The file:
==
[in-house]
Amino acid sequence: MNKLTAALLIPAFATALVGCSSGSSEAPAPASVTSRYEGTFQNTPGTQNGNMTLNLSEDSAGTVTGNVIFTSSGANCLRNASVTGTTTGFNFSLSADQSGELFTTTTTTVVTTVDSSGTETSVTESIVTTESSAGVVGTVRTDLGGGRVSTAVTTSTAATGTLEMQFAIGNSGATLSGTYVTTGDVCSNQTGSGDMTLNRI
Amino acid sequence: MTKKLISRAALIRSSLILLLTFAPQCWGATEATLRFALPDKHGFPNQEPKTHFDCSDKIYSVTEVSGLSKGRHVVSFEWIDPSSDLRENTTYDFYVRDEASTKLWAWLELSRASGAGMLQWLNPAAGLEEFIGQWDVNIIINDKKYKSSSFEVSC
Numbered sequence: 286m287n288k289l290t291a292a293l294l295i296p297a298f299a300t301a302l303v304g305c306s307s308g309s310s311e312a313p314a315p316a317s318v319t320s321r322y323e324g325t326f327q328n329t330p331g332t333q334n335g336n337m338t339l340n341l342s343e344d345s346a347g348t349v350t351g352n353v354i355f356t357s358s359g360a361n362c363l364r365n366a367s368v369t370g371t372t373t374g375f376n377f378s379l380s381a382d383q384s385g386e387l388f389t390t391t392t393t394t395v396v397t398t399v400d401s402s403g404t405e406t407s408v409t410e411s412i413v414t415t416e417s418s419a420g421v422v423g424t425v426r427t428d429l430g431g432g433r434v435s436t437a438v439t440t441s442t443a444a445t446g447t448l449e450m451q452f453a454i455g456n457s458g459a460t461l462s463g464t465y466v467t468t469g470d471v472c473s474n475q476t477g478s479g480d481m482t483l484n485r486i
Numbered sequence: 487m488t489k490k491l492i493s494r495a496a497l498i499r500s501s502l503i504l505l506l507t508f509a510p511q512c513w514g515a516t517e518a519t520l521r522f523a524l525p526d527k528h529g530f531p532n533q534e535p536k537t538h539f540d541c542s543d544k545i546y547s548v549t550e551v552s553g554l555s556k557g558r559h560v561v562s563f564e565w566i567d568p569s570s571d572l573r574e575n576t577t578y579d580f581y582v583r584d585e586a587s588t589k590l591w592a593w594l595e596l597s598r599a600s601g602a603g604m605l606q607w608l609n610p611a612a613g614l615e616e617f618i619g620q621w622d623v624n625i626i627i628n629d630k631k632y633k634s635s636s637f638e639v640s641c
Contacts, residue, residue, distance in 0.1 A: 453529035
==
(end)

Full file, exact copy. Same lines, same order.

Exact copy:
[in-house]
Amino acid sequence: MNKLTAALLIPAFATALVGCSSGSSEAPAPASVTSRYEGTFQNTPGTQNGNMTLNLSEDSAGTVTGNVIFTSSGANCLRNASVTGTTTGFNFSLSADQSGELFTTTTTTVVTTVDSSGTETSVTESIVTTESSAGVVGTVRTDLGGGRVSTAVTTSTAATGTLEMQFAIGNSGATLSGTYVTTGDVCSNQTGSGDMTLNRI
Amino acid sequence: MTKKLISRAALIRSSLILLLTFAPQCWGATEATLRFALPDKHGFPNQEPKTHFDCSDKIYSVTEVSGLSKGRHVVSFEWIDPSSDLRENTTYDFYVRDEASTKLWAWLELSRASGAGMLQWLNPAAGLEEFIGQWDVNIIINDKKYKSSSFEVSC
Numbered sequence: 286m287n288k289l290t291a292a293l294l295i296p297a298f299a300t301a302l303v304g305c306s307s308g309s310s311e312a313p314a315p316a317s318v319t320s321r322y323e324g325t326f327q328n329t330p331g332t333q334n335g336n337m338t339l340n341l342s343e344d345s346a347g348t349v350t351g352n353v354i355f356t357s358s359g360a361n362c363l364r365n366a367s368v369t370g371t372t373t374g375f376n377f378s379l380s381a382d383q384s385g386e387l388f389t390t391t392t393t394t395v396v397t398t399v400d401s402s403g404t405e406t407s408v409t410e411s412i413v414t415t416e417s418s419a420g421v422v423g424t425v426r427t428d429l430g431g432g433r434v435s436t437a438v439t440t441s442t443a444a445t446g447t448l449e450m451q452f453a454i455g456n457s458g459a460t461l462s463g464t465y466v467t468t469g470d471v472c473s474n475q476t477g478s479g480d481m482t483l484n485r486i
Numbered sequence: 487m488t489k490k491l492i493s494r495a496a497l498i499r500s501s502l503i504l505l506l507t508f509a510p511q512c513w514g515a516t517e518a519t520l521r522f523a524l525p526d527k528h529g530f531p532n533q534e535p536k537t538h539f540d541c542s543d544k545i546y547s548v549t550e551v552s553g554l555s556k557g558r559h560v561v562s563f564e565w566i567d568p569s570s571d572l573r574e575n576t577t578y579d580f581y582v583r584d585e586a587s588t589k590l591w592a593w594l595e596l597s598r599a600s601g602a603g604m605l606q607w608l609n610p611a612a613g614l615e616e617f618i619g620q621w622d623v624n625i626i627i628n629d630k631k632y633k634s635s636s637f638e639v640s641c
Contacts, residue, residue, distance in 0.1 A: 453529035